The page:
They say they gave sport to the world, yet in days gone by British sportsmen had gained a reputation for being the ultimate chokers in just about every sport that they invented.
Tim Henman made it to six Grand Slam semifinals in tennis, four at Wimbledon, one French and one US Open, but could not convert even one of those memorable fist pumping episodes into a final slam appearance.
In cricket a similar scenario. England did actually make it to three finals in the World Cup, only to lose each and every one of them in three different decades, from the shaking ’70s to the nervous ’90.
No change in rugby union either, England going down in their own back yard to the old enemy Australia in 1991 and then Jonah Lomu single-handedly ripping through an embarrassment of a defence in 1995.
Was 2003 a defining moment? When Jonny put the Aussies to the Wilkinson sword in their own back yard, with that injury time in extra time kick, did he unwittingly break the curse of the classic chokers?
In the last few weeks, British sportsmen have won just about everything that was to be won in the world of sport.
The British Lions emphatically triumphing in Sydney by 41 points to 16, their first series victory since 1997; Scot Andy Murray finally ending 77 years of British hurt (fittingly on the eighth anniversary of the July 7 London bombings), and English cricketers, after another Ashes nail-biter over the weekend, seem almost relentlessly assured in beating Australia at every form of the cricketing code. They’ve beaten them not just in Tests but even in the Twenty20 World Cup in 2010.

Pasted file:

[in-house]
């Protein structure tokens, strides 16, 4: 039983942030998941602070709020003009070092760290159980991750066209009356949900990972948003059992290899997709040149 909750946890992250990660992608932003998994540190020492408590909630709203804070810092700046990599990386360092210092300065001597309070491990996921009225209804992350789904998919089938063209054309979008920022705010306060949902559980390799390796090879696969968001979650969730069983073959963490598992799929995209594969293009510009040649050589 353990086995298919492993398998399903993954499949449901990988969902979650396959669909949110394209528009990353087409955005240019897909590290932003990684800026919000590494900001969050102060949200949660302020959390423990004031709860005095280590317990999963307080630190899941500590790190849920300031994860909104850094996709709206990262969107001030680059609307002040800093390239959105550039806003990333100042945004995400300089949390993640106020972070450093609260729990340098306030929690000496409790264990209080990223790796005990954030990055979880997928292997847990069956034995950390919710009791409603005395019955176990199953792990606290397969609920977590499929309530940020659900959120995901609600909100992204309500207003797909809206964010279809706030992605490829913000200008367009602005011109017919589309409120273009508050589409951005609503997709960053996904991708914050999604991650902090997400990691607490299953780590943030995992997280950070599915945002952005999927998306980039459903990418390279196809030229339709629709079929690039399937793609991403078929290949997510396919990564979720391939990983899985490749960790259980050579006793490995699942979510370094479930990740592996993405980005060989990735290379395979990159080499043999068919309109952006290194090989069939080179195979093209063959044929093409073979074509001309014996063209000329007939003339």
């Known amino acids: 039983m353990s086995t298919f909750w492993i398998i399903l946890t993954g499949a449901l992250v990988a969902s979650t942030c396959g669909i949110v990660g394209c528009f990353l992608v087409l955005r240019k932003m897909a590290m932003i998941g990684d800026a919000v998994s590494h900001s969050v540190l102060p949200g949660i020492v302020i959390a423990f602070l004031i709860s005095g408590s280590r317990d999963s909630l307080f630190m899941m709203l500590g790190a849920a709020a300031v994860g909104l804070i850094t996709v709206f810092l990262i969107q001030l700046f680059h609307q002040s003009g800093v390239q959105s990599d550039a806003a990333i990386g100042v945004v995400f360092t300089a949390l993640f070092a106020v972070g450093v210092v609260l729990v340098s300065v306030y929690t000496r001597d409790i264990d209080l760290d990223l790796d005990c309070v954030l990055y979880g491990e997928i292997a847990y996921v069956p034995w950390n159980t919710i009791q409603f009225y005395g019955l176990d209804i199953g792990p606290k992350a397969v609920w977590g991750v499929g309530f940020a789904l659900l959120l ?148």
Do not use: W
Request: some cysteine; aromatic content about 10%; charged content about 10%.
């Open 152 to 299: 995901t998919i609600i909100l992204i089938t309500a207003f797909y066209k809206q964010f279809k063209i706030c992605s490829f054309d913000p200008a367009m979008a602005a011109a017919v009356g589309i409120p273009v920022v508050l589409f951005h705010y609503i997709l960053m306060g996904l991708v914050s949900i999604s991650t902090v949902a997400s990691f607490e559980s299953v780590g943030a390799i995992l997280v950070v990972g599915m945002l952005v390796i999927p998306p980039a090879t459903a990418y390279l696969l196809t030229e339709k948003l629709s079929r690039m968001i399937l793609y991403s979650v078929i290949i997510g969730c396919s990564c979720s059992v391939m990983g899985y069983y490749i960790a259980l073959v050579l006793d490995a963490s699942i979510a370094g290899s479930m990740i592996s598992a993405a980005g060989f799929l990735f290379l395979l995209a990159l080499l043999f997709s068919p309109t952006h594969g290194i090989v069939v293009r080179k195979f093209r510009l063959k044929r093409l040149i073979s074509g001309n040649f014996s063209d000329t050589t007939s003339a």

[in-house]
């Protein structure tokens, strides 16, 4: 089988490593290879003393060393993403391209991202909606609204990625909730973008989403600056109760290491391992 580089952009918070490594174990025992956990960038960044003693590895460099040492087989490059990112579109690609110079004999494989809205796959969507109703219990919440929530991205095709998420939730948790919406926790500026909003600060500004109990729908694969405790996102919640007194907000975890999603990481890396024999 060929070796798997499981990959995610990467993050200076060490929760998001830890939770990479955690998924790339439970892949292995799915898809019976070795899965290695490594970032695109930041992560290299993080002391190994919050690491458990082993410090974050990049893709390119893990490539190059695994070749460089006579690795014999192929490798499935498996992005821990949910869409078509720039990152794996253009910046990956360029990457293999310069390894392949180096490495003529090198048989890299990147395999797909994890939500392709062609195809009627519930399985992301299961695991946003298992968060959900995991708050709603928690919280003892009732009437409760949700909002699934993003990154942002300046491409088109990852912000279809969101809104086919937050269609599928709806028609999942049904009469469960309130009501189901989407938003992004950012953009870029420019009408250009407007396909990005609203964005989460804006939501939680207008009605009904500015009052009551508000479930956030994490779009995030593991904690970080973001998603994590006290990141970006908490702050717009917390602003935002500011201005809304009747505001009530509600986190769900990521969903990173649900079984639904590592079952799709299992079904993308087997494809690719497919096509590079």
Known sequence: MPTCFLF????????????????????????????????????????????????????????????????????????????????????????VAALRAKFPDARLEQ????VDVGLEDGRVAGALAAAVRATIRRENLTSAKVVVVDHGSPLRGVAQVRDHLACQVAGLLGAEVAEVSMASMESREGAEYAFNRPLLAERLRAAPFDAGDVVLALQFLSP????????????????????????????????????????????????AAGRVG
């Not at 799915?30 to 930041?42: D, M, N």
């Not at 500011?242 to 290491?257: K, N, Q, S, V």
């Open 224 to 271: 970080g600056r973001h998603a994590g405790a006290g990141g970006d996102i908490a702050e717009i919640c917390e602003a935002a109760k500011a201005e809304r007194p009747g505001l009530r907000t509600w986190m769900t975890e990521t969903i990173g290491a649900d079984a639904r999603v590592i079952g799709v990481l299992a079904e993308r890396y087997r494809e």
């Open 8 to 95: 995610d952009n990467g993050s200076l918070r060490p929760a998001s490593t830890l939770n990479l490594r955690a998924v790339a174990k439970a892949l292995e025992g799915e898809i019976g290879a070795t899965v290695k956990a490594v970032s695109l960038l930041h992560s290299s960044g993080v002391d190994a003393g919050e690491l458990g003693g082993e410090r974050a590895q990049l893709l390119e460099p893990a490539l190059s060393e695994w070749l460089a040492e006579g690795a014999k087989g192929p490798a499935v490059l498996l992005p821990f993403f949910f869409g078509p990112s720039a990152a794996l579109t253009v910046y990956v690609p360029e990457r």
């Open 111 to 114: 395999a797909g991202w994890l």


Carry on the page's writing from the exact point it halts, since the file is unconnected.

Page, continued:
Chris Froome is almost certainly on his way to a Tour de France victory, in days to come, this after Bradley Wiggins won it for the Brits for the first time in its entire history last year.
At the London Olympics, Britain won 29 gold medals, beaten only by the power houses of China and the United States. So why have the chokers suddenly become champions?
Perhaps The National Lottery money goes some way to explaining a degree of Olympic glory, however, with England’s Justin Rose winning the US Open in golf and compatriot Adrian Newey becoming the only engineer and designer to win the Formula One Constructors Championship with three different teams, there has to be another factor.
There is a saying of course that success breeds success. Each medal-winning Olympian will probably tell you that they were inspired by the victories of country counterparts the previous day.
Murray certainly appeared inspirational in his demolition of Roger Federer in straight sets at the Olympics and again this year for his first Wimbledon major, also in straight sets, only one day after the Lions were victorious.
So who will win this week’s Open at Muirfield in Scotland? Perhaps England’s Ian Poulter or Luke Donald or Northern Ireland’s Rory McIlroy.
Poulter is available at 50/1, Donald at 33/1 and McIlroy at 25/1. Surely with the Brits sweeping all before them in sport right now, one of them has to win.
Poulter and Donald showed up well in the US Open until fading on the final day and the links venue of Muirfield should suit them both. McIlroy has been out of form by his imperiously high standards, however, can he ever be discounted?